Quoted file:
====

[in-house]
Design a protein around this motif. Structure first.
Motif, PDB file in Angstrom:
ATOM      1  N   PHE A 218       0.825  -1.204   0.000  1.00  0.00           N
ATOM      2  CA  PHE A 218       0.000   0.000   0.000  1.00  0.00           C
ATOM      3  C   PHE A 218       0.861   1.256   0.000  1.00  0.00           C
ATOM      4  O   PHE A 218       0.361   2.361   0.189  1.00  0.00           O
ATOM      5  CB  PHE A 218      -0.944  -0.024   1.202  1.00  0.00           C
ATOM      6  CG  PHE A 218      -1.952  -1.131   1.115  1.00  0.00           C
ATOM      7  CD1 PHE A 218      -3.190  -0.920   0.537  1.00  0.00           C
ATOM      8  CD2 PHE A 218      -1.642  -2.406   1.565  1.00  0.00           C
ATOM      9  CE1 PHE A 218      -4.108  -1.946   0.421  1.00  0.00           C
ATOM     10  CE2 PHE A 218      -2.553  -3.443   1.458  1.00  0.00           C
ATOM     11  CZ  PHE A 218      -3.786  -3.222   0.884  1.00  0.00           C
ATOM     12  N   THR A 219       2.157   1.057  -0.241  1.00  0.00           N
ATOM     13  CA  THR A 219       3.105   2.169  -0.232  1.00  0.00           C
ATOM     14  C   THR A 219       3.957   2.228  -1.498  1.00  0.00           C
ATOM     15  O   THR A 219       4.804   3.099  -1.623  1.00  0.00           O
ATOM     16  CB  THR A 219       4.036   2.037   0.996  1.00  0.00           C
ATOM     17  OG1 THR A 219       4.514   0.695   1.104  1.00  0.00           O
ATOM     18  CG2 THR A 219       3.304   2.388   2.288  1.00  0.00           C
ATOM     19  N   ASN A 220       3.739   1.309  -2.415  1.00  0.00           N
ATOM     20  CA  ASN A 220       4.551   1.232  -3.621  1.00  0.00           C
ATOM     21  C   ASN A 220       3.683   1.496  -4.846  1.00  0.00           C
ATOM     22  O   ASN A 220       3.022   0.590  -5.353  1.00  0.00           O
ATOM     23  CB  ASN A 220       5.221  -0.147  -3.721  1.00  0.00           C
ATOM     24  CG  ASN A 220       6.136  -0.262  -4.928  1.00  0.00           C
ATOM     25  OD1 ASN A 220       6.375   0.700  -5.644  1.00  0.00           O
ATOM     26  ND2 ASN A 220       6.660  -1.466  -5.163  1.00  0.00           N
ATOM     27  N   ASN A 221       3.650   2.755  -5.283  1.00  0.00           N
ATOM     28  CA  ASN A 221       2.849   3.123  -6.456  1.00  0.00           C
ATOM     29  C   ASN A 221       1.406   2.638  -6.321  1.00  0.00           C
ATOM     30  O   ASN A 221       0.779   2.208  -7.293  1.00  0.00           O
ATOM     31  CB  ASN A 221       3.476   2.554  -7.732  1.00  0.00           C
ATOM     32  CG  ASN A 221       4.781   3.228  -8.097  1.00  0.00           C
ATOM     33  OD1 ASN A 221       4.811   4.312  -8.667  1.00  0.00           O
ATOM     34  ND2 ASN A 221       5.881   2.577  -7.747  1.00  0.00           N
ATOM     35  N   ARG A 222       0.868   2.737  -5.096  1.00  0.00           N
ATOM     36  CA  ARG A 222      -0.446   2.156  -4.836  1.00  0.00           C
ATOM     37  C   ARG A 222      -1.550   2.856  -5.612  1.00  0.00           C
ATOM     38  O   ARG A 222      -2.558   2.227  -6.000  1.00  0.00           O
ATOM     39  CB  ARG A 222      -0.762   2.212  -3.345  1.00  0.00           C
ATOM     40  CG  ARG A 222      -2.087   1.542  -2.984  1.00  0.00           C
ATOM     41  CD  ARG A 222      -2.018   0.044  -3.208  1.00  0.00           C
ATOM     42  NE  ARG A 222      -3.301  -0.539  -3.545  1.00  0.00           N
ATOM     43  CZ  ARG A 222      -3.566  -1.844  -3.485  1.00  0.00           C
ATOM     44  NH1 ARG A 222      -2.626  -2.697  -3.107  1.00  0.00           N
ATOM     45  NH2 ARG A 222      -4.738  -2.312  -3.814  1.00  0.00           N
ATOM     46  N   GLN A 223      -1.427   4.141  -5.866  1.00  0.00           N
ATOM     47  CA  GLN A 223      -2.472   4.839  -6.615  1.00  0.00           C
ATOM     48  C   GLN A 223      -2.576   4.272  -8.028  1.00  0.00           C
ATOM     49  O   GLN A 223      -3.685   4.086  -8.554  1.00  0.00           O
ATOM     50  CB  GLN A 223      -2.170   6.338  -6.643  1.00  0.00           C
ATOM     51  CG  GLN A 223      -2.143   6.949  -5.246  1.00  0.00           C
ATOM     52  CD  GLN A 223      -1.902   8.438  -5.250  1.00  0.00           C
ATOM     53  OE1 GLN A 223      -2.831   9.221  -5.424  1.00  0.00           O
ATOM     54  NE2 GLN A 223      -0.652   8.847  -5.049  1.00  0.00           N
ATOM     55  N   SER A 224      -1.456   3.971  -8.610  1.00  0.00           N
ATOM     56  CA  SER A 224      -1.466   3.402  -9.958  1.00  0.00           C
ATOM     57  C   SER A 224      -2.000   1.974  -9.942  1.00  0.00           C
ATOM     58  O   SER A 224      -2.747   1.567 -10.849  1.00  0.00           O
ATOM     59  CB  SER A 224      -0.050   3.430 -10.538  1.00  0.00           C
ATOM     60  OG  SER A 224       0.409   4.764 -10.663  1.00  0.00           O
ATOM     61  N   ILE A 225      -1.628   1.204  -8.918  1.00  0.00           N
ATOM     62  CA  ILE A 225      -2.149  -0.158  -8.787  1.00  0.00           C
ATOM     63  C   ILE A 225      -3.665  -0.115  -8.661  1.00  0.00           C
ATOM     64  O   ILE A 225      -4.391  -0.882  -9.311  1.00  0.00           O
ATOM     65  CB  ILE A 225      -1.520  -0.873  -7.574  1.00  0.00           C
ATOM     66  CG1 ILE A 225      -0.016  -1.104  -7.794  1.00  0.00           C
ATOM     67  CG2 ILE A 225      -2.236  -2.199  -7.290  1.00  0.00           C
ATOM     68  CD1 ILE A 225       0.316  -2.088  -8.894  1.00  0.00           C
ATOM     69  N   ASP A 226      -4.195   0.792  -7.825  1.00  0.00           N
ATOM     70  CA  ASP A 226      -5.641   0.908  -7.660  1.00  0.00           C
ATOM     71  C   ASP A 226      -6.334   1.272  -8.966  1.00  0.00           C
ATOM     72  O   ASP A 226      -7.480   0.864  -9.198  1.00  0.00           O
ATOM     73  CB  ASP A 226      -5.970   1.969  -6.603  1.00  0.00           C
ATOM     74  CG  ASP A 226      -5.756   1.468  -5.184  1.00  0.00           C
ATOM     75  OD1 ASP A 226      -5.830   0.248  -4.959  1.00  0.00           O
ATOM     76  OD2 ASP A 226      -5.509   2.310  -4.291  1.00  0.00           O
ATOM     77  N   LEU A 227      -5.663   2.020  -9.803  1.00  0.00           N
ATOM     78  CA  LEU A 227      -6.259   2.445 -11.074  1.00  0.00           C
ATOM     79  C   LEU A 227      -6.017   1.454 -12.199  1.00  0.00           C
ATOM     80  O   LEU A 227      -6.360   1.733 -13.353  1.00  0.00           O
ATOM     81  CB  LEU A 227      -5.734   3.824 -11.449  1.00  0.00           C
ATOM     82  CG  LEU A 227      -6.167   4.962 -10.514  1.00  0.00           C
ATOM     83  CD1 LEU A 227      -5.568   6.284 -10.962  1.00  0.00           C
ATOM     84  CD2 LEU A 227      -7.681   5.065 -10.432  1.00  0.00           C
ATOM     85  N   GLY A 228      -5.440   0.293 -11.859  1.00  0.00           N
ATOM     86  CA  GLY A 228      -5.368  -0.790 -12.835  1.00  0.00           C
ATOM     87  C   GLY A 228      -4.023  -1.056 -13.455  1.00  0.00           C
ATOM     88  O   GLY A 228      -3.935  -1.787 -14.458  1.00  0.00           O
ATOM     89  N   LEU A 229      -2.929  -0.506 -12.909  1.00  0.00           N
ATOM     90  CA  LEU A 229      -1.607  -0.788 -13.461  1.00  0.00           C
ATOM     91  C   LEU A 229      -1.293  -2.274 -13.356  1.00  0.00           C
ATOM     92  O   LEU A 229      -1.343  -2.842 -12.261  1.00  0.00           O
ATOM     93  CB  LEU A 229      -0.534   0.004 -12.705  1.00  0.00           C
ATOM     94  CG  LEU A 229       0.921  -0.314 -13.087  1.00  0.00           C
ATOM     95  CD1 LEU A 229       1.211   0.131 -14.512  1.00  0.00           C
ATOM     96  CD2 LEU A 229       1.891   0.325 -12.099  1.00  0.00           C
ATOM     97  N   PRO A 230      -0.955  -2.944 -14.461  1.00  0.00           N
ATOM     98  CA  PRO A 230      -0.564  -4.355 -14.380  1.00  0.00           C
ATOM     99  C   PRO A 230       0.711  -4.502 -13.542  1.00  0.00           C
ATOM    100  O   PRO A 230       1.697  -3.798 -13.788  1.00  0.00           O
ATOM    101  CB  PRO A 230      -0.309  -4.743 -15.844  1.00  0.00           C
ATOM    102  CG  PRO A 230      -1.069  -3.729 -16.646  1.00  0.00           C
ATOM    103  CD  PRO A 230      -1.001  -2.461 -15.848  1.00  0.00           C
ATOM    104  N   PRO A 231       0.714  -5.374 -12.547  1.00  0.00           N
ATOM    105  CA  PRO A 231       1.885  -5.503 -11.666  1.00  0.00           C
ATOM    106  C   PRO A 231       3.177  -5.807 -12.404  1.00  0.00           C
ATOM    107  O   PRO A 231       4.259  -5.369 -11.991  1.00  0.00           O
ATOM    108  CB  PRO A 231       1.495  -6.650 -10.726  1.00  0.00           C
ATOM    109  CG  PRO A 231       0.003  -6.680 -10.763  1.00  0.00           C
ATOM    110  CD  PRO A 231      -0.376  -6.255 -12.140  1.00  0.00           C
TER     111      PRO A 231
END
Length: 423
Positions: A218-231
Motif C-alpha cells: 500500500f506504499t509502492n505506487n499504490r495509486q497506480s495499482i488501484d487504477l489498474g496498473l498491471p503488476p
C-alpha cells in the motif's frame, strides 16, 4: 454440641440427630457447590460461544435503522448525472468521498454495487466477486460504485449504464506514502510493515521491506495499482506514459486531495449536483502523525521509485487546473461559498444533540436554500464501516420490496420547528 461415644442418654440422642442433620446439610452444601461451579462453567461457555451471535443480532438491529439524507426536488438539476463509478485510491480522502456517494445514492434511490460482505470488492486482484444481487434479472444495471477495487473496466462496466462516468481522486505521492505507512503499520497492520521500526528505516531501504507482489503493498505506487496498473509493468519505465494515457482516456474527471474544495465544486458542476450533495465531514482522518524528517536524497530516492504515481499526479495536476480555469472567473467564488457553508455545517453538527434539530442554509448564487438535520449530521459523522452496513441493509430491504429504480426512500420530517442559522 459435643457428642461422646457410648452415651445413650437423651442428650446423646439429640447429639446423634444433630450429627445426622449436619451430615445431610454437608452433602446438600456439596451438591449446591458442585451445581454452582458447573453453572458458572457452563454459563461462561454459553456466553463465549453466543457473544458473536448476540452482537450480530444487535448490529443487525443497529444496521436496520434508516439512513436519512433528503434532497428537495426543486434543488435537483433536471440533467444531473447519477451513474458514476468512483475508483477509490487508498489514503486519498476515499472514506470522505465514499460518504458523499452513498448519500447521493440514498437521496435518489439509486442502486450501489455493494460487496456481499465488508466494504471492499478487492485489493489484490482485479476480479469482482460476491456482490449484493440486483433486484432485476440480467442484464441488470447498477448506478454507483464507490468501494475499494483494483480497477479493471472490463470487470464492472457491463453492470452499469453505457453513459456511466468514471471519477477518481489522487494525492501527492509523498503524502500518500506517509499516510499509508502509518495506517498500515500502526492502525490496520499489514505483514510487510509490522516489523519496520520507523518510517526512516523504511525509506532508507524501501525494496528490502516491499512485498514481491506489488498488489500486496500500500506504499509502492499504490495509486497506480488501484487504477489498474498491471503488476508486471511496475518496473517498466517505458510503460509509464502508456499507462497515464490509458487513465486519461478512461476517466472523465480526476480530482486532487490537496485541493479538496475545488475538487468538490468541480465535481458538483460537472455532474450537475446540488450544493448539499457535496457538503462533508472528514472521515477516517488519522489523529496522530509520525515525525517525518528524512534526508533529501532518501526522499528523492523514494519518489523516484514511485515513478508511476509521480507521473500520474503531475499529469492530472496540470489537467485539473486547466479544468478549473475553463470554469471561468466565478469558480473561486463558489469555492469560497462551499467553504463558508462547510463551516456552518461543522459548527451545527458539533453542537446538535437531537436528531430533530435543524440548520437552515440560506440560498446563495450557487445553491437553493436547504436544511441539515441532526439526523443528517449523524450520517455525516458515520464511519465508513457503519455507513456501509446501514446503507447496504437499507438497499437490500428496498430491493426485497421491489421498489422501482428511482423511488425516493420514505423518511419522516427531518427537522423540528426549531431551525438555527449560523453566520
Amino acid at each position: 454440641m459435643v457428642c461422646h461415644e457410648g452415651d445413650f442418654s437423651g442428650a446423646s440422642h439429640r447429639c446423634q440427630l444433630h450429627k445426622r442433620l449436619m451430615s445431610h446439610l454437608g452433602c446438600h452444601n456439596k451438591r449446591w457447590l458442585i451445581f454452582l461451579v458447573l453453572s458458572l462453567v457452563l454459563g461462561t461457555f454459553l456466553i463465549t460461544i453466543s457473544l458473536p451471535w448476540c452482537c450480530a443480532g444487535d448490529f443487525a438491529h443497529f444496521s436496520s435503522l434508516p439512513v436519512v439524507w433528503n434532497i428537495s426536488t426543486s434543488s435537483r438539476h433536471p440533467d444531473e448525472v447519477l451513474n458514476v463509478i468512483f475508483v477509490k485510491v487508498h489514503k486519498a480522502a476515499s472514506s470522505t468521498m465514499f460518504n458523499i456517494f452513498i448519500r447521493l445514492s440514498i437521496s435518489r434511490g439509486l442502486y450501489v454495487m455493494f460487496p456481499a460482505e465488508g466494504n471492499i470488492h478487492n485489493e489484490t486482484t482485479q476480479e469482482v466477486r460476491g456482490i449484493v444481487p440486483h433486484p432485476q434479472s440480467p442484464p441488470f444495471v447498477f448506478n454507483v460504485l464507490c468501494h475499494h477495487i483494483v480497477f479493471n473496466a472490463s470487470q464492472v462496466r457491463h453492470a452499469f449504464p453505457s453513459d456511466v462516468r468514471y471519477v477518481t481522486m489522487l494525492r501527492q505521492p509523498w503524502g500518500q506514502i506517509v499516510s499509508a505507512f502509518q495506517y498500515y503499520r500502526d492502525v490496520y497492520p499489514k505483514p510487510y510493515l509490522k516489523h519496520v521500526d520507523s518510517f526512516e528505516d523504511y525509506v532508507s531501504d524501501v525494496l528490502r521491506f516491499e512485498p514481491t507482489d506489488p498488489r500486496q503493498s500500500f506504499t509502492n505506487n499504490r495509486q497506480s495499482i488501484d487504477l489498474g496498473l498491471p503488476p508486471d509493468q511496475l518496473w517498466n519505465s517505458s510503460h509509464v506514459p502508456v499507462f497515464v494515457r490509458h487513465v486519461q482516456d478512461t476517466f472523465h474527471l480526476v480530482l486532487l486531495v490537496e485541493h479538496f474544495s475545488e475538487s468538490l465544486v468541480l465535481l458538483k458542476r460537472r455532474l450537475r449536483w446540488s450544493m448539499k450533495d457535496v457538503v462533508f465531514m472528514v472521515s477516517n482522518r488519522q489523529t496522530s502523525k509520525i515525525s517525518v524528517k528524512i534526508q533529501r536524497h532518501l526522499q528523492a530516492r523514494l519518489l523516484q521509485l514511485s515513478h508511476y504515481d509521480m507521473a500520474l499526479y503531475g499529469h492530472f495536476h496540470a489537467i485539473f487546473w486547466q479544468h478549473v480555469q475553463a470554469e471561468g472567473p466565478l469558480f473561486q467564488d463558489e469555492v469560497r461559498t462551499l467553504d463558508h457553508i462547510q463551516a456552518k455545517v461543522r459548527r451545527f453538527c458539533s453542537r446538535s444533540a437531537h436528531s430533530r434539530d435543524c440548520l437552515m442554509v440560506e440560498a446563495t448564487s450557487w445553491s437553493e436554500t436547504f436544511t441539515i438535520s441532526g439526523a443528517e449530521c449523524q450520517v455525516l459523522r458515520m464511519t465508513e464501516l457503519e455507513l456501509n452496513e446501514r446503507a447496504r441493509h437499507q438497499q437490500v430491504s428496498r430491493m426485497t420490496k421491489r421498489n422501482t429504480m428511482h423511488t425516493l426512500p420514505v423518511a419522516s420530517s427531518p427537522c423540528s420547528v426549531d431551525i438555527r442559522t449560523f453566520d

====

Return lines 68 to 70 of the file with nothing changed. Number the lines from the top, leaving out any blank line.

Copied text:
ATOM     65  CB  ILE A 225      -1.520  -0.873  -7.574  1.00  0.00           C
ATOM     66  CG1 ILE A 225      -0.016  -1.104  -7.794  1.00  0.00           C
ATOM     67  CG2 ILE A 225      -2.236  -2.199  -7.290  1.00  0.00           C